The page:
3. fooducation Says:

    My experience is also that the yolk sets upon storage at room temperature, which is not surprising due to Brownian motion phenomena (but there might of course be more to it than this). An application that works fine, taken from from Anu Hopia’s blog, is as follows:

    - 6X °C-cook the eggs as desired
    - crack the egg, pick out the yolk, rinse the yolk for white and leave
    - fry the white separately, I used a buttered muffin tray in the oven until set
    - garnish: the white at the bottom sprinkled with salt, pepper and chives. The “yolk-ball” on top sprinkled with Maldon salt and pepper

    being an amateur cook, I had no great difficulties serving this to 10 persons at home as a slightly warm starter together with gazpacho (“how to make tomato soup with boiled eggs the difficult way”-sort of thing).

    Pictures and ref. to Anu’s post at http://www.fooducation.org/2011/02/6x-c-egg-or-opposite-boiled-eggs.html

    Finally, I’ve reflected upon that we/people are surprised that setting of the yolk is a result of both time and temperature. This should really not be a surprise, should it? Colour development etc. in meat is mainly a result of temperature and not time, but several other processes are time dependent, right? These are rather complex systems, anyhow…

  4. isaia Says:

    Pretty impressive post. Now, if only the water bath circulators weren’t so expensive…
    Thank you for showing the video and for the white-setting protocol. They were really helpful.

  5. fooducation Says:

    Isaia: you really don’t need a circulator bath, as long as you’ve got a decent kitchen thermometer and a large pan with a lid. Since water has such a high heat capacity, what you need to do is use ridiculously much water compared to eggs. Keep the hotplate on minimum/low, and you’re pretty much there. See the blog post I refer to above for a description.

  6. Todd Ellner Says:

    Perfect? Perfectly underdone. Perfectly unpalatable.
    Soft-cooked eggs are an abomination in the eyes of the Lord

  7. Martin Lersch Says:

    Barzelay: The viscosities in the paper were measured at 25 °C. It makes sense that the viscosity increases as the egg yolks cool. But given the importance of time and temperature – what do you mean when you talk about 63.0 and 63.5 °C? (i.e. what cooking times are you using)

    fooducation: I notice that with >45 min at 68 °C Anu’s eggs fall outside the plots of the Vega’s paper. But the idea of cooking them separately is nice though :) Regarding your comment about surprise – I think the reason is simply that even scientists (Hervé This as well as others) have focused so much on temperature that we have ignored the effect of time. Many may have had inklings that there was an extra variable, but no one was able to piece this together in a systematic way. Thinking about it in a strictly chemical way however it makes sense that the denaturation is a kinetic phenomena where both time and temperature matter.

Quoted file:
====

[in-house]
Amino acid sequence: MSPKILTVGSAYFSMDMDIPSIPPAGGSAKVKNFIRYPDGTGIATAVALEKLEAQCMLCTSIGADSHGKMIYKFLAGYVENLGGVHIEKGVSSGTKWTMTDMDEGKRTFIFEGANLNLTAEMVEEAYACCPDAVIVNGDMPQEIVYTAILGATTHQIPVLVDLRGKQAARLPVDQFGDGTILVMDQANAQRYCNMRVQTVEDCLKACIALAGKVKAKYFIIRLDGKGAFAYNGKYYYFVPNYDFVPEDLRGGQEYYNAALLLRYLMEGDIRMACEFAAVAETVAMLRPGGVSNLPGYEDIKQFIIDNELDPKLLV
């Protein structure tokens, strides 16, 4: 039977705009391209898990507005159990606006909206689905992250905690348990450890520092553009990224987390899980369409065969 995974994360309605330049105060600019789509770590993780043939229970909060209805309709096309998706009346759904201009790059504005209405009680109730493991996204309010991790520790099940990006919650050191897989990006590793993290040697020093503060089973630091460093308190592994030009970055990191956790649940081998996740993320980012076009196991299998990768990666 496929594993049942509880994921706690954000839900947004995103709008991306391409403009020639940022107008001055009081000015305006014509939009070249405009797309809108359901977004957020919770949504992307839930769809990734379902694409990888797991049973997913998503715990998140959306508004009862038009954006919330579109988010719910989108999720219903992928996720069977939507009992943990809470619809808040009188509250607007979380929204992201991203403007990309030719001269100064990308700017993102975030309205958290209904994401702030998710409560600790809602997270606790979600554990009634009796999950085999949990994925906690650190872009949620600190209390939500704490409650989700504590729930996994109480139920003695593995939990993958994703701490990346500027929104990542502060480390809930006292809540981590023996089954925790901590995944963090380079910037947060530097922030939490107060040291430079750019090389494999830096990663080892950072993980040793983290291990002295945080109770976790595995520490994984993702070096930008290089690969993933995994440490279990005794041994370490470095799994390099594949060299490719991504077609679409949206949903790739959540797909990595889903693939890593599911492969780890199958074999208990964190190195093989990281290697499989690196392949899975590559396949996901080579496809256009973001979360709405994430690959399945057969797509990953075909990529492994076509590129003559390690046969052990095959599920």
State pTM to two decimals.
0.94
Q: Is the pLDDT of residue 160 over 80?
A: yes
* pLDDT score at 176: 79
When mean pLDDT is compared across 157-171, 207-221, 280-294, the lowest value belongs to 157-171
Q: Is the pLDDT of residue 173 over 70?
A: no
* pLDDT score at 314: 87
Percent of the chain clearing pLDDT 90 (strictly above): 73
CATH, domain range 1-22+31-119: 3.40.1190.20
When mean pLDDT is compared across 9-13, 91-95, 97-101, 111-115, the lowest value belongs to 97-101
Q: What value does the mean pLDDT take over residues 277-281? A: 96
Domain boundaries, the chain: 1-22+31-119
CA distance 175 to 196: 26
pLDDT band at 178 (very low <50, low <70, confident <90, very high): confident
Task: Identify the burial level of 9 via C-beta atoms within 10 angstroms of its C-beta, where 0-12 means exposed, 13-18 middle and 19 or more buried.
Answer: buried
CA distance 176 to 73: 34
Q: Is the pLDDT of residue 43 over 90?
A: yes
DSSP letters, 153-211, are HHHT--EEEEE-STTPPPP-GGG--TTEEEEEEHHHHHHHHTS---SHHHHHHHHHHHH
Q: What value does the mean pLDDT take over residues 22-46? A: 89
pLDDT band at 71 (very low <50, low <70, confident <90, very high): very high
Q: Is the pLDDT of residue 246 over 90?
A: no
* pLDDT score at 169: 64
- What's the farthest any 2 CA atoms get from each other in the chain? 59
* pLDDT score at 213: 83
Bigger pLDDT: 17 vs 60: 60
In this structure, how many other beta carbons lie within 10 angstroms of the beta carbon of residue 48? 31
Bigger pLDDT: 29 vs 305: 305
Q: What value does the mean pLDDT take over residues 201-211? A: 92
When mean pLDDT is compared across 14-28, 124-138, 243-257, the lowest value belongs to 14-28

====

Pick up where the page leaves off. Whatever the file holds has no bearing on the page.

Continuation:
8. fooducation Says:

    BTW (sorry for repeated comments): the age of the eggs should definitely make a difference? Protein degradation over time in fresh (and less fresh) eggs results in the white becoming more fluid. After all, egg albumen height, a direct result of albumen viscosity, is used as a freshness indicator.

    My experience is, indeed, that the egg whites behave quite differently when I’ve cooked eggs at 6X °C. Last time, I used a mix of older and fresher eggs and noticed a marked difference among the whites but didn’t think of looking closer at the yolks…

    So, do we have information on how the yolk texture/proteins develops during storage? (compared to the white which seems to be fairly well researched)

  9. Barzelay Says:

    “what cooking times are you using?”

    Well, like most, I wasn’t paying much attention to the cooking times. I would cook the eggs at 63 (or 63.5) for maybe 45 to 90 minutes, then chill them rapidly and hold them for up to 3 days or so in the refrigerator, then hold them for up to 90 ADDITIONAL minutes at 60C during service.

    Here’s another question: are the times cumulative if the eggs are held at a particular temperature, cooled, then held at that temperature again?

  10. Martin Lersch Says:

    fooducation: The floor is yours :) Buy some fresh eggs now and a couple more in a few weeks and compare them systematically. I also seem to remember that the pH of the white will rise with time.

    Barzelay: I think the cooking times are cumulative, but this actually remains to be checked. Maybe Cesar knows?

  11. Colin Gore Says: